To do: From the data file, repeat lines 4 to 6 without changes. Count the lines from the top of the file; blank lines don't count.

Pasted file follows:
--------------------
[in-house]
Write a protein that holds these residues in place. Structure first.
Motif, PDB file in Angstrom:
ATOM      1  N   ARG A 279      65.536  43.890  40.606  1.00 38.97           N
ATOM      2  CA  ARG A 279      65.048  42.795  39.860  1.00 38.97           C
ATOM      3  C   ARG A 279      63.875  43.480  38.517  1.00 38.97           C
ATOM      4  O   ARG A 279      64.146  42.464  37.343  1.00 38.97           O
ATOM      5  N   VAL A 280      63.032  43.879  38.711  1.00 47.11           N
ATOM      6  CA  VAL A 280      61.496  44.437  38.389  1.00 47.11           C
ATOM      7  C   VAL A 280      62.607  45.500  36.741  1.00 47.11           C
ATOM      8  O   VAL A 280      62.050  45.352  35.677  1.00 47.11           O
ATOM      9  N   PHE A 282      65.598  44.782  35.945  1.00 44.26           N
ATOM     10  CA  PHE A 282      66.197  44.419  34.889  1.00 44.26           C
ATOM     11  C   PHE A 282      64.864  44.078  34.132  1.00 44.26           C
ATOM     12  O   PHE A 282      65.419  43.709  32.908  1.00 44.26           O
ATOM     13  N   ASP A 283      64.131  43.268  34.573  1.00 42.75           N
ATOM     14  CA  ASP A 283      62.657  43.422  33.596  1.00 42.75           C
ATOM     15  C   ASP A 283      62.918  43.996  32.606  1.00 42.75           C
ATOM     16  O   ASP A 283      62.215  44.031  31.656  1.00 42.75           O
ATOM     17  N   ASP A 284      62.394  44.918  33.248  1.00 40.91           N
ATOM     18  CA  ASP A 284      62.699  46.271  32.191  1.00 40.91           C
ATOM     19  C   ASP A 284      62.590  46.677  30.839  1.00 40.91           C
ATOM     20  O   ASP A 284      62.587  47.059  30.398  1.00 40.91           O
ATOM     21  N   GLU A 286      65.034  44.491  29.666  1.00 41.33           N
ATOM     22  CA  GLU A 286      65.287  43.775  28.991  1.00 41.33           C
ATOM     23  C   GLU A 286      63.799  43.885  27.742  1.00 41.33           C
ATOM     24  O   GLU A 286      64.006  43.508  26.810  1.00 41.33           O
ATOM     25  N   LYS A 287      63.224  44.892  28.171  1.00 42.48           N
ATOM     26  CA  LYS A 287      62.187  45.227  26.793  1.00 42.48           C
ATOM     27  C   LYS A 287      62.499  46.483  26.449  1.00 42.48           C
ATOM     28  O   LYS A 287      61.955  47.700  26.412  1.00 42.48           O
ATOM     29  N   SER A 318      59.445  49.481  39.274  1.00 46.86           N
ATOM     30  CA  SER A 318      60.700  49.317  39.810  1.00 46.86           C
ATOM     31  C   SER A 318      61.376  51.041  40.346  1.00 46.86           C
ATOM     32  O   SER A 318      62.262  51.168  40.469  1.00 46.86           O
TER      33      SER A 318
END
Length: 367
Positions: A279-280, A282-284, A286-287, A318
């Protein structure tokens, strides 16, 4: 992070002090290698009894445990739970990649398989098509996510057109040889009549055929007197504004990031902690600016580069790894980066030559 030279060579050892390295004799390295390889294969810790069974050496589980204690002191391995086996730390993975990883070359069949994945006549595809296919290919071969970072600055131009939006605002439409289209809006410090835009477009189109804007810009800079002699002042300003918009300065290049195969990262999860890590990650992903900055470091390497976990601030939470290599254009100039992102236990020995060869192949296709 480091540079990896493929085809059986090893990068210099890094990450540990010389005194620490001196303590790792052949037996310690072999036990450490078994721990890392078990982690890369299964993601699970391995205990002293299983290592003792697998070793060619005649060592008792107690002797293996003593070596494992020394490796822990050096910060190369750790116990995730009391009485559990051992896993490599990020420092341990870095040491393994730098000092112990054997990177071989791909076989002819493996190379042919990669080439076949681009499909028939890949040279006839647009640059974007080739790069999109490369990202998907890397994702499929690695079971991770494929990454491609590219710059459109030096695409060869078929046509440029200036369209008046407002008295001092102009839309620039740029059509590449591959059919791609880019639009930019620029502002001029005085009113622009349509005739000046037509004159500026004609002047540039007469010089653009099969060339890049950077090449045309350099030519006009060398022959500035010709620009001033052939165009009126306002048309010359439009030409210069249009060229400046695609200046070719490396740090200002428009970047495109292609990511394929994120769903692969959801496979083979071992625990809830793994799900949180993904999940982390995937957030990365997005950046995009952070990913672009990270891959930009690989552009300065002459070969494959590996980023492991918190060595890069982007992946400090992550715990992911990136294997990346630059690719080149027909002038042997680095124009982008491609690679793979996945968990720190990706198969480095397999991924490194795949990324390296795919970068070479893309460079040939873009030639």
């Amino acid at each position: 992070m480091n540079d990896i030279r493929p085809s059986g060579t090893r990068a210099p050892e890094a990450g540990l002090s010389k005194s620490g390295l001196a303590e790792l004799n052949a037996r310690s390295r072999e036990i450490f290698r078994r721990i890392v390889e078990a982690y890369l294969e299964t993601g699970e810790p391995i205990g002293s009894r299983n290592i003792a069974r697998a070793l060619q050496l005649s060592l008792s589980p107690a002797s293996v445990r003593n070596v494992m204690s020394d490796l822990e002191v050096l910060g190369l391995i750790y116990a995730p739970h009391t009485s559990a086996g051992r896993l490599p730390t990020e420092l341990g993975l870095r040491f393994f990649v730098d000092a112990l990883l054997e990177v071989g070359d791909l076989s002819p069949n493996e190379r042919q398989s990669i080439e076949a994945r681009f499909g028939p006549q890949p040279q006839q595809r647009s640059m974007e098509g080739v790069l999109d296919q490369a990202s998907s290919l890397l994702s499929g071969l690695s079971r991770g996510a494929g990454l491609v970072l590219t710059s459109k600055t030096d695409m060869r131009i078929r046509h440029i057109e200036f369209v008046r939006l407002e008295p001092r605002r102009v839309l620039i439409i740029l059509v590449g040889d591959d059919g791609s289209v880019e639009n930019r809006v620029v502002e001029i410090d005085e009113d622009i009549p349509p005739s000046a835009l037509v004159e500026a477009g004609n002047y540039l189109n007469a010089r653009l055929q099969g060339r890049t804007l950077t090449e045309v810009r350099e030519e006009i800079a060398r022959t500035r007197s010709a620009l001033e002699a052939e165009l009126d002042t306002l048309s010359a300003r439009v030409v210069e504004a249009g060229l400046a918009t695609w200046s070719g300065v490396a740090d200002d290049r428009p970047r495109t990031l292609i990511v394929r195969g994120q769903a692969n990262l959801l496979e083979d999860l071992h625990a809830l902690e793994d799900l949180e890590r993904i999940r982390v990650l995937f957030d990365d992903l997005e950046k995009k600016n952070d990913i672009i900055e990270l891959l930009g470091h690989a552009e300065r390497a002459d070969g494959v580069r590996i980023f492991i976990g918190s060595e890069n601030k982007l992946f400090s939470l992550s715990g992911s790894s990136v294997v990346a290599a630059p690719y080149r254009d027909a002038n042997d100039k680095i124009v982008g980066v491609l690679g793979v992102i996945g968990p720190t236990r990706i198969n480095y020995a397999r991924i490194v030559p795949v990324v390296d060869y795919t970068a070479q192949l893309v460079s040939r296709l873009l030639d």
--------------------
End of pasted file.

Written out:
ATOM      1  N   ARG A 279      65.536  43.890  40.606  1.00 38.97           N
ATOM      2  CA  ARG A 279      65.048  42.795  39.860  1.00 38.97           C
ATOM      3  C   ARG A 279      63.875  43.480  38.517  1.00 38.97           C